Halloween Fun

1st November

Halloween in Australia isn’t very big, and my family have never really celebrated it. But this year in our town a group who support people with disabilities put on a Zombie Walk. It was a fun afternoon at the race course with games, zombie movies and local bands, and everyone (around 600 people) went on a 6km walk through town to promote mental health awareness.

I went along with my Person, Little Sister, and my Person’s friend who we’ll call Geek-Friend. She is very nice and is very similar to my Person in as much as she suffers severe social anxiety, so she understands my Person’s situation very well. Geek-Friend, if you couldn’t guess, loves all sorts of geeky things and she comes over every week to watch shows like Star Wars and Futurama.

My Person dressed me up as a Houndour, which is a type of Pokemon. There were a few people who got my costume, but most people just thought I was a skeleton dog which was fine.

The people in charge of the event knew my Person and Little Sister from youth and disability groups, so they were very happy to see me accompanying my Person. Especially since I am primarily a psychiatric service dog and it was an event promoting mental health awareness.

However the security guards that worked at the race course who were there to make sure everyone was behaving themselves didn’t like having me there. We were expecting to have some access issues so my Person had brought along my coat and ID card. The first time my Person showed the security guard my ID it was clear the he was sceptical, but didn’t say anything and just walked off. When we came back from the Zombie Walk through town we stopped to talk to another friend and another security guard came over and asked to see the ID we had shown the other guy. We were very grateful when the friend we were talking to stepped in for us and reassured the guard that service dogs are allowed everywhere with their handler and that I was not a problem. The guard insisted that I take off my costume and put on my coat to “save all the confusion” the security guards were the only ones confused by this, no one else cared at all.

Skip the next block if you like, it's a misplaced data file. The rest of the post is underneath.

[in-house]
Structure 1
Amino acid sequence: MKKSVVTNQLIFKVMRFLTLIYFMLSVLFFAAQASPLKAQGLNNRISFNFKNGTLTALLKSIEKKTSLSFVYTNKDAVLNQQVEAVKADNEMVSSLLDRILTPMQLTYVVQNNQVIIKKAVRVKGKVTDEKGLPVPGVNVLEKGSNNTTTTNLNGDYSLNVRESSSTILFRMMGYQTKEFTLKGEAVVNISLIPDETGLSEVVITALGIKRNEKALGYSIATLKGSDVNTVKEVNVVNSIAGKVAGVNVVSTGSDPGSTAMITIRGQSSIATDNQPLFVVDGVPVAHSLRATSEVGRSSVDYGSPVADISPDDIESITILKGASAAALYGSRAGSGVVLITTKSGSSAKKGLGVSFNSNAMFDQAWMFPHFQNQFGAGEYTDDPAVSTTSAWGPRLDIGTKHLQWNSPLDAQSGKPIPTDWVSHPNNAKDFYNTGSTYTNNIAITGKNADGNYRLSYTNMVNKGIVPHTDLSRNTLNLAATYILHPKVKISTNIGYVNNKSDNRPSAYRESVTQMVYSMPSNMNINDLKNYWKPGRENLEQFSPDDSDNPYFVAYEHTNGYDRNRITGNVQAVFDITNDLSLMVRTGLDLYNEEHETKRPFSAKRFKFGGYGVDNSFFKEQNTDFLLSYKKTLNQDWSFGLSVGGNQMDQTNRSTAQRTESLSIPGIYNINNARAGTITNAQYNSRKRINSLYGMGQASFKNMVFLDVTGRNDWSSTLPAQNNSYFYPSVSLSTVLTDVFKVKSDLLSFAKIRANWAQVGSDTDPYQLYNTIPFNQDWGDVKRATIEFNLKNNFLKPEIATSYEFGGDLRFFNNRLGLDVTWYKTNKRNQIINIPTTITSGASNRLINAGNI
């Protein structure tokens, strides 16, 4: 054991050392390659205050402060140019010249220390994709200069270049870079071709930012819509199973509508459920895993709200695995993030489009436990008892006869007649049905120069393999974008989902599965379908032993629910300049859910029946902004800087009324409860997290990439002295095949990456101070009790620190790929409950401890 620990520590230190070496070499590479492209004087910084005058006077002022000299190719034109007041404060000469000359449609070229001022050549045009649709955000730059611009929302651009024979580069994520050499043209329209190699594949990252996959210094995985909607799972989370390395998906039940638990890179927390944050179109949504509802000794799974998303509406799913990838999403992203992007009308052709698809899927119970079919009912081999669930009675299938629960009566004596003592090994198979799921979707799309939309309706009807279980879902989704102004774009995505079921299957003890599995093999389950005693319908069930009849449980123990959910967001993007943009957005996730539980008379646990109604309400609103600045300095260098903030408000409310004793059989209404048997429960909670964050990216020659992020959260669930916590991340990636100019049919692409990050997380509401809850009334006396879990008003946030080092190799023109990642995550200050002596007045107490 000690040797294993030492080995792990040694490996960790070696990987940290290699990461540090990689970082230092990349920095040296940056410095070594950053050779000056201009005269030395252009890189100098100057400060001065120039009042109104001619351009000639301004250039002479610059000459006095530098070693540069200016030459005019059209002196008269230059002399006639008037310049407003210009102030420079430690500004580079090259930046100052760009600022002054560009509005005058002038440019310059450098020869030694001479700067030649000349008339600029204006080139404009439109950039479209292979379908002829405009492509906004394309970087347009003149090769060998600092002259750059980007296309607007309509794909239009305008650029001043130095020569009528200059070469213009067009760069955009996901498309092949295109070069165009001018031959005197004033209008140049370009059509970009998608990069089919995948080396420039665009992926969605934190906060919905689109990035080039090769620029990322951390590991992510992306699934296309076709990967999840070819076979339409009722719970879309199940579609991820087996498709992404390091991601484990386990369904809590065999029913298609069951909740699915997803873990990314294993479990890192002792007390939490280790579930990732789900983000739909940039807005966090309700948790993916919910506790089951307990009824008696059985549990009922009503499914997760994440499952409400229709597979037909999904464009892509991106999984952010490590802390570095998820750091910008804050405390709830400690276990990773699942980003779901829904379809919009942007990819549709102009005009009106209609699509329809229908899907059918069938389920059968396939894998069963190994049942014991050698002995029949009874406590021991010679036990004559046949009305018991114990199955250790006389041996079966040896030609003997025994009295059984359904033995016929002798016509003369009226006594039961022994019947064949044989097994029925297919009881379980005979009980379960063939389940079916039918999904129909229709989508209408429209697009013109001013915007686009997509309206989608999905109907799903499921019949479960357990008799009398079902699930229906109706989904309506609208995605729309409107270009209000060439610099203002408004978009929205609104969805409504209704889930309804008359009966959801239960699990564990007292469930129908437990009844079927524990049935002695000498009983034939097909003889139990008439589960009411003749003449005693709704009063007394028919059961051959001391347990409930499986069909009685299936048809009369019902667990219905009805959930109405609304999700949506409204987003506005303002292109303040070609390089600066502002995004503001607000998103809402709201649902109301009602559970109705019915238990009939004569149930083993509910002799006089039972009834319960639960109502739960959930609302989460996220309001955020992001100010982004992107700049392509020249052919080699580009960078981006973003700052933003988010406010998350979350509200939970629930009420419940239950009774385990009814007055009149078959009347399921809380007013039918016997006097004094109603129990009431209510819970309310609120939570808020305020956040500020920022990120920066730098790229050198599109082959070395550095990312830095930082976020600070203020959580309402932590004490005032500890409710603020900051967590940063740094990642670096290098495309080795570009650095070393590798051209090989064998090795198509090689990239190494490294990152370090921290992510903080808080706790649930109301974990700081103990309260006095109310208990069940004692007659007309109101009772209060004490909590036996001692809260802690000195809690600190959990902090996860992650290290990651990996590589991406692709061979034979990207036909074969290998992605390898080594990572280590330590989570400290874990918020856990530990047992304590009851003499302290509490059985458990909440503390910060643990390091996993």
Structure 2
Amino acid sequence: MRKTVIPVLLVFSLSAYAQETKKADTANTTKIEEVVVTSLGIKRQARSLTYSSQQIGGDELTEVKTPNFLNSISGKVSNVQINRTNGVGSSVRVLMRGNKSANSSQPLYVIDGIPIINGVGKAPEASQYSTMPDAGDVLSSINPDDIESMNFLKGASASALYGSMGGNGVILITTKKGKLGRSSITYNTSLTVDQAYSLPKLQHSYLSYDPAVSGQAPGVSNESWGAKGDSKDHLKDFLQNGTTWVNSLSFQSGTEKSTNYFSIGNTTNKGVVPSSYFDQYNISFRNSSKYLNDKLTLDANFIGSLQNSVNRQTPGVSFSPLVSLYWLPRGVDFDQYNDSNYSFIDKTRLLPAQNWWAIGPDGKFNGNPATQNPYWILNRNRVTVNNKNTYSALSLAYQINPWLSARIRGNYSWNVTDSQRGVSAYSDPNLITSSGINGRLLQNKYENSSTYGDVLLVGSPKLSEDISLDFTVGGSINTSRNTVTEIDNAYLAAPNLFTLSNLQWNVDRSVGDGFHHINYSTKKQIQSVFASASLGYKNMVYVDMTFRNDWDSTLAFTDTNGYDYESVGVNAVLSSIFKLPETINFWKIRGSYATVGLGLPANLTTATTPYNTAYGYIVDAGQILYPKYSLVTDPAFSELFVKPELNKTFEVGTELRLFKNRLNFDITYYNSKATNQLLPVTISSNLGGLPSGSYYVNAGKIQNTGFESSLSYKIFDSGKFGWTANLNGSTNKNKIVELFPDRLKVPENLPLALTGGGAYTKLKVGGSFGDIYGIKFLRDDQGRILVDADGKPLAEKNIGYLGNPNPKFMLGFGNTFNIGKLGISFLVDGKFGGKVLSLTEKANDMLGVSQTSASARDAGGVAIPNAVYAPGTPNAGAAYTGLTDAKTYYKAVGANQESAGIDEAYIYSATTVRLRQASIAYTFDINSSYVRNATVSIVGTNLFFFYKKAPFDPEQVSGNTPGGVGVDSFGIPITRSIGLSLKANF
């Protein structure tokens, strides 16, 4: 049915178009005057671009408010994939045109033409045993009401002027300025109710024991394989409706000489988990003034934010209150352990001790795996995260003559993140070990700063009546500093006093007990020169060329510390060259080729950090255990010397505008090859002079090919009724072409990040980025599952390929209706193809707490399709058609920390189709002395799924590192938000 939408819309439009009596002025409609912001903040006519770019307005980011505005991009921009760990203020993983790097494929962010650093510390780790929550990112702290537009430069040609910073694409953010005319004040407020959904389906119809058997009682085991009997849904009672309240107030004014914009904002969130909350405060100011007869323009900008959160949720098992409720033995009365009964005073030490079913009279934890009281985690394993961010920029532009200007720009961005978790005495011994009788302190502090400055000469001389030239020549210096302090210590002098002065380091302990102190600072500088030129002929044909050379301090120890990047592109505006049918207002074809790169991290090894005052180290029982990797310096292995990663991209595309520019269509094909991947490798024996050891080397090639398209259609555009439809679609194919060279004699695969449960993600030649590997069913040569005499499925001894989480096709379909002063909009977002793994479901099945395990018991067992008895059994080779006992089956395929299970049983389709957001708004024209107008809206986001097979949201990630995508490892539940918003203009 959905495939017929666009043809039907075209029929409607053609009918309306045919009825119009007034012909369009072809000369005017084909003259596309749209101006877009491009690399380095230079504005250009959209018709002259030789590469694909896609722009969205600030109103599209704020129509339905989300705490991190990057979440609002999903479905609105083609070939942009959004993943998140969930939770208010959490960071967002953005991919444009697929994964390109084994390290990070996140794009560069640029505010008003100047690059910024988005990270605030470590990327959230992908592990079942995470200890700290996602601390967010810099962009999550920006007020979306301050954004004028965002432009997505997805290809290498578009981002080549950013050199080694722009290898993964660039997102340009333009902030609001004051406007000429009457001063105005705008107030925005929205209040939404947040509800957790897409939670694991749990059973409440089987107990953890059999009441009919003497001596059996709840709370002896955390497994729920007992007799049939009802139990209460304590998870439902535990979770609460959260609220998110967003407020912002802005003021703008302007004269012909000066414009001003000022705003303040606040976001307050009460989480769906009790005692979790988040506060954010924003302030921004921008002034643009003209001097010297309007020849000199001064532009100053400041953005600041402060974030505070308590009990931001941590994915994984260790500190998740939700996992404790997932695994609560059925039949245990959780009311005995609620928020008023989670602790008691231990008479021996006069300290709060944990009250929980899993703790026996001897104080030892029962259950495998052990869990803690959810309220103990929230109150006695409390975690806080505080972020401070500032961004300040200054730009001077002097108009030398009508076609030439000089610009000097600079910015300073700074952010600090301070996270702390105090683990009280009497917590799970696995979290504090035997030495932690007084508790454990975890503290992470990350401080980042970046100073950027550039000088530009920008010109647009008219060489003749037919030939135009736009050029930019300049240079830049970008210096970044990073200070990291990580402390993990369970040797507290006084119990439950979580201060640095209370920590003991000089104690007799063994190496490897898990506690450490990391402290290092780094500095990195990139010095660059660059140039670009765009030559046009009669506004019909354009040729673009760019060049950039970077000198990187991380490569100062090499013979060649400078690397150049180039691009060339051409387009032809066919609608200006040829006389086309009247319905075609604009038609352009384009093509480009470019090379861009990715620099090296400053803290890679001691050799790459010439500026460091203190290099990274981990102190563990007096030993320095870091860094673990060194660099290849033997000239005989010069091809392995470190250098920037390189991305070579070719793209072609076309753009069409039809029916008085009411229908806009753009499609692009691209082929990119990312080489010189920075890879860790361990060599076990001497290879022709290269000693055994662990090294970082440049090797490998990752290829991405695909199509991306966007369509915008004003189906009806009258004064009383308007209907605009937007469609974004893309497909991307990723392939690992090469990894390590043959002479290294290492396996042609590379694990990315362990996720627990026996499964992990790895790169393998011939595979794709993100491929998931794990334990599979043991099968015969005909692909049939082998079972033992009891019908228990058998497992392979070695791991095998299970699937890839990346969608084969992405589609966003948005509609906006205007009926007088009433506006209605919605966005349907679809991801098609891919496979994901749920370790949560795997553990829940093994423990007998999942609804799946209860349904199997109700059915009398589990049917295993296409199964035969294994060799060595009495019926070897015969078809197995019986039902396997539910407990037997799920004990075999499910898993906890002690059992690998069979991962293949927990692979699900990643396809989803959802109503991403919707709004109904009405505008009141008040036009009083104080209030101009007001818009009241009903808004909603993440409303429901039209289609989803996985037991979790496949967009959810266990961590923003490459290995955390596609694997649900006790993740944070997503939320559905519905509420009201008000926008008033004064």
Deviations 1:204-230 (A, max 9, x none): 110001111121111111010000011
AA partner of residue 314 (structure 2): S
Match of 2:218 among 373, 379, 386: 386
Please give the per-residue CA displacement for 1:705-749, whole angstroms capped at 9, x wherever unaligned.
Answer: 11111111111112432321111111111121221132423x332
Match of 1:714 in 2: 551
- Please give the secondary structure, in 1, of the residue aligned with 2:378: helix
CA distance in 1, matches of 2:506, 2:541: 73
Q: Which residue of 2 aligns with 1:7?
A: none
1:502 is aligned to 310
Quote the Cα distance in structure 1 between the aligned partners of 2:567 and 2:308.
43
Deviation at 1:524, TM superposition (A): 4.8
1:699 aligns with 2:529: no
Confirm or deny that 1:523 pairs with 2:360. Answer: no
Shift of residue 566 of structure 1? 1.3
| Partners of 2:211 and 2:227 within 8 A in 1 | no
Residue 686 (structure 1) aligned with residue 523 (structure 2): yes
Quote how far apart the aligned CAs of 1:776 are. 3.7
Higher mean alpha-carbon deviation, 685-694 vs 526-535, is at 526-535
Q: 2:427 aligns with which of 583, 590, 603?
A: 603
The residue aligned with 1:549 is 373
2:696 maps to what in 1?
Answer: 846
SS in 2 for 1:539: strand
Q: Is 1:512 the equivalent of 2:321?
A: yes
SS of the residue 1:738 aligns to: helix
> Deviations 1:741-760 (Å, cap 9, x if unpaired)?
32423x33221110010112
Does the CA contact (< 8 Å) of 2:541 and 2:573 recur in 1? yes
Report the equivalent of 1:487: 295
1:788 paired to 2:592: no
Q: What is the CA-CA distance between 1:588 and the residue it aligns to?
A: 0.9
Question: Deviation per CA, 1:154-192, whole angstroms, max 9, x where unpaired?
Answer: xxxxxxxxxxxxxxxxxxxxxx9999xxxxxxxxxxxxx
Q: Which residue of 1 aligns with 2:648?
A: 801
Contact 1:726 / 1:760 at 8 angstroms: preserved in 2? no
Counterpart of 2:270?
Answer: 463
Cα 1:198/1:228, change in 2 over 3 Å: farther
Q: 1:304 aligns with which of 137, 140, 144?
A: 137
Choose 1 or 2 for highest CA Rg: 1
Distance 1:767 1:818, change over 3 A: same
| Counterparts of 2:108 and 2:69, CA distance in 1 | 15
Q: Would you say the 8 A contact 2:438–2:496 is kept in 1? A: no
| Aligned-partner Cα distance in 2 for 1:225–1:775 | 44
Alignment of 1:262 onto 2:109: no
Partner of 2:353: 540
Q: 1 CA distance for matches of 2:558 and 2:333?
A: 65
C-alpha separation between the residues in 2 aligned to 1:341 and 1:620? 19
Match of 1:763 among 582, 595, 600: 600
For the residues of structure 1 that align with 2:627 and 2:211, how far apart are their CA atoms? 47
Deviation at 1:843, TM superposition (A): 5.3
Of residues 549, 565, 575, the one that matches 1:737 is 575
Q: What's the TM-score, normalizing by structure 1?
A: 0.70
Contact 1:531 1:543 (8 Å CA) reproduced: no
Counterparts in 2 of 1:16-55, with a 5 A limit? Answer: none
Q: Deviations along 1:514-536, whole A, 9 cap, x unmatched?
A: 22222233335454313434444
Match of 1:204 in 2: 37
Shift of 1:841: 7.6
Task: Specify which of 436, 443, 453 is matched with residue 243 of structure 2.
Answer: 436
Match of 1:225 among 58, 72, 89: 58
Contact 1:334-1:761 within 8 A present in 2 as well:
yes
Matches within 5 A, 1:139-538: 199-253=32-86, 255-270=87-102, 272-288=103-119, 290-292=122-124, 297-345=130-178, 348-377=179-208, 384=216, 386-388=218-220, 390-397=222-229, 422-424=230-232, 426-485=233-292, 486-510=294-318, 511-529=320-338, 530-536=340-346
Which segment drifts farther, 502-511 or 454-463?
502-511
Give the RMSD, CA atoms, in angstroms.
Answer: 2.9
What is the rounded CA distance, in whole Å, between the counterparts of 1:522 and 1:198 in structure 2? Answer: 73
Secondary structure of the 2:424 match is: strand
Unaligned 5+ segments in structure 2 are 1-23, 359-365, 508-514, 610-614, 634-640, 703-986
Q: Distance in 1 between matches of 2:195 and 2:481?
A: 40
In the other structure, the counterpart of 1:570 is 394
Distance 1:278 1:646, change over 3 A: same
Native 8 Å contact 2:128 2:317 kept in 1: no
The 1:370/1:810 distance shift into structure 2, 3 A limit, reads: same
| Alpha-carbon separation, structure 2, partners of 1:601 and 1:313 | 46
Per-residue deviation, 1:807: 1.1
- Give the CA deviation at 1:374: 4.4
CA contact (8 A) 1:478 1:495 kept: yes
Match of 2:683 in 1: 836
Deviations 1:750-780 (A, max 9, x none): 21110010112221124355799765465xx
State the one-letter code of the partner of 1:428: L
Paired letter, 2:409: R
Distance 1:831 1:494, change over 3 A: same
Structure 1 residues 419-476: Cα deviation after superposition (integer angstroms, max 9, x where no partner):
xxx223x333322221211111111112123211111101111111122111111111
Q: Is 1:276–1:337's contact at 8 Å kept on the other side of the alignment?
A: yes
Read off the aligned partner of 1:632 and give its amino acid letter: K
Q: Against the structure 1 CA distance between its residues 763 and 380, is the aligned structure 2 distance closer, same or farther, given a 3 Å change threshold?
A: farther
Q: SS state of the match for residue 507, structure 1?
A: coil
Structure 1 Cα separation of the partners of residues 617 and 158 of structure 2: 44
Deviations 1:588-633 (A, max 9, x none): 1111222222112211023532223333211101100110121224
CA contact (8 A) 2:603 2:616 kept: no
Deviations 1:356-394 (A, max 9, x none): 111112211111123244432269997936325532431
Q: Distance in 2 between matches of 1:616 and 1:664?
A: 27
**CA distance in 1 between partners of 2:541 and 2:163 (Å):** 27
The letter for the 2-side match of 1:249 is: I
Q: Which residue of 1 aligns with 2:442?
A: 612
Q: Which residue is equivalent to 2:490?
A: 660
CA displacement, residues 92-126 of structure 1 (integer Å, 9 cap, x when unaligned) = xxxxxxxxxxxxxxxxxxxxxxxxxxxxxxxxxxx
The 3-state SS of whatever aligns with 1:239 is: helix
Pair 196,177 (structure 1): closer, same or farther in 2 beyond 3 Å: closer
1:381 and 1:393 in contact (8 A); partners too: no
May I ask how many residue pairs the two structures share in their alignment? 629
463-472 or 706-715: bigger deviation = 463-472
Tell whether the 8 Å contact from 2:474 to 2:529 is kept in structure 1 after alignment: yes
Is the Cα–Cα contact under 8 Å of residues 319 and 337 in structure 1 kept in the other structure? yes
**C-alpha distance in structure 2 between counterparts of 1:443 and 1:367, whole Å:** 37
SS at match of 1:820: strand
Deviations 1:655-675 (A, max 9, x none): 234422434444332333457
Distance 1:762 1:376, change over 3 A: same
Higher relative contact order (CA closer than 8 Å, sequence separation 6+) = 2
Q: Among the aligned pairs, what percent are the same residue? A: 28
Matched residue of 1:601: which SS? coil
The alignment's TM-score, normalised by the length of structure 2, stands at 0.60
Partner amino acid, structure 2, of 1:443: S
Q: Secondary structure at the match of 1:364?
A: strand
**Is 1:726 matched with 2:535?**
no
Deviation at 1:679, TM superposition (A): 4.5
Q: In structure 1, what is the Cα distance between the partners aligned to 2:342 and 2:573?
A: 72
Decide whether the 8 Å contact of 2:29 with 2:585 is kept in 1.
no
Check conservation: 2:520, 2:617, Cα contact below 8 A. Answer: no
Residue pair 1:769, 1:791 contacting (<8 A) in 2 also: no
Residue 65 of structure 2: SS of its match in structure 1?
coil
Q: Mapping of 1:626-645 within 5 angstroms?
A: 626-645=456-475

Apart from the anxiety and stress my Person had, caused by having to talk to big, scary security guards it was a very fun afternoon. I got lots of cuddles and pats, and everyone took photos of me. I didn’t even mind wearing my costume.

Hope everyone had a safe Halloween and got lots of yummy treats.

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My First Cinema Experience

26th September

It has been quite boring around here lately. My Person hasn’t been going to school and doesn’t have any sort of social life besides me and our family, so she hasn’t really left the house except to go grocery shopping.

So today we decided on a whim to go to the cinema. There was a movie playing that my Person had been putting off seeing because there was never anyone to go to with, but to hell with that! I wanted to go too.

We arrived quite early, because my Person was a little worried that we would have to justify my being there. But the only thing the man behind the counter said was, “Aw. What a beautiful dog”

In the theatre we found the disabled seating, we normally don’t use any disabled facilities because there are often other people who need it more than us. But there wasn’t anyone else using it so I got a nice big open space to lay in. My Person had a blanket for me to lay on so I didn’t accidentally lay in any sticky stuff (cinema floors are gross) and I got a tasty liver biscuit to snack on through the movie.

I was very well behaved during the movie, I slept through most of it though. Even when I accidentally got stepped on by an old man when he got up to take his grandson to the bathroom during the movie. And I wasn’t scared of the loud noises (it was an action movie) even though they made my Person jump.

After the movie had finished my Person and I waited until the theatre was almost empty to leave, it was pretty funny when the strangers who passed us as they realised that there was a dog in the theatre the whole time, they were very surprised. And when we were walking out of the theatre and down to the main exit we passed a little girl, she called to her father saying, “Daddy! Daddy! Look! There’s a dog behind you!” and her dad went, “That’s great…” and she went, “Look! Look! Look!” until he finally turned around. He was very shocked to actually find a dog behind him.

Hopefully this is something my Person and I can do more often. I like doing things with her and she wants to do more regular teenage things.

Antics Of Arlert The Autism Assistance Pup

Part 1